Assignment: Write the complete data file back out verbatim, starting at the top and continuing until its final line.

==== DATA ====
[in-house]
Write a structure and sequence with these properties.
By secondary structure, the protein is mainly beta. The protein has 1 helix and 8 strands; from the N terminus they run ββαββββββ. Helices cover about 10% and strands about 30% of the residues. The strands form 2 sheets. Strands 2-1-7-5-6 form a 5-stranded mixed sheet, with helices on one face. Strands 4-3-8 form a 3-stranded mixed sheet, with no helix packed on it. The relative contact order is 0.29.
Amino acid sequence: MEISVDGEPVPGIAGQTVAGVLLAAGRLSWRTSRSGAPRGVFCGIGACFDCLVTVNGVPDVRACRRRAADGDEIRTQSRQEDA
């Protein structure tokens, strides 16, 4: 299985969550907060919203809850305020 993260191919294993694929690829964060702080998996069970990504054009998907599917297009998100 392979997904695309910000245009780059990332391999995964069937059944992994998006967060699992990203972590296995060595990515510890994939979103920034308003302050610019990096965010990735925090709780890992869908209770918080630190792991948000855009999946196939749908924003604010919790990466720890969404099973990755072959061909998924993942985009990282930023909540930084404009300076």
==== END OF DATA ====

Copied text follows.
[in-house]
Write a structure and sequence with these properties.
By secondary structure, the protein is mainly beta. The protein has 1 helix and 8 strands; from the N terminus they run ββαββββββ. Helices cover about 10% and strands about 30% of the residues. The strands form 2 sheets. Strands 2-1-7-5-6 form a 5-stranded mixed sheet, with helices on one face. Strands 4-3-8 form a 3-stranded mixed sheet, with no helix packed on it. The relative contact order is 0.29.
Amino acid sequence: MEISVDGEPVPGIAGQTVAGVLLAAGRLSWRTSRSGAPRGVFCGIGACFDCLVTVNGVPDVRACRRRAADGDEIRTQSRQEDA
């Protein structure tokens, strides 16, 4: 299985969550907060919203809850305020 993260191919294993694929690829964060702080998996069970990504054009998907599917297009998100 392979997904695309910000245009780059990332391999995964069937059944992994998006967060699992990203972590296995060595990515510890994939979103920034308003302050610019990096965010990735925090709780890992869908209770918080630190792991948000855009999946196939749908924003604010919790990466720890969404099973990755072959061909998924993942985009990282930023909540930084404009300076």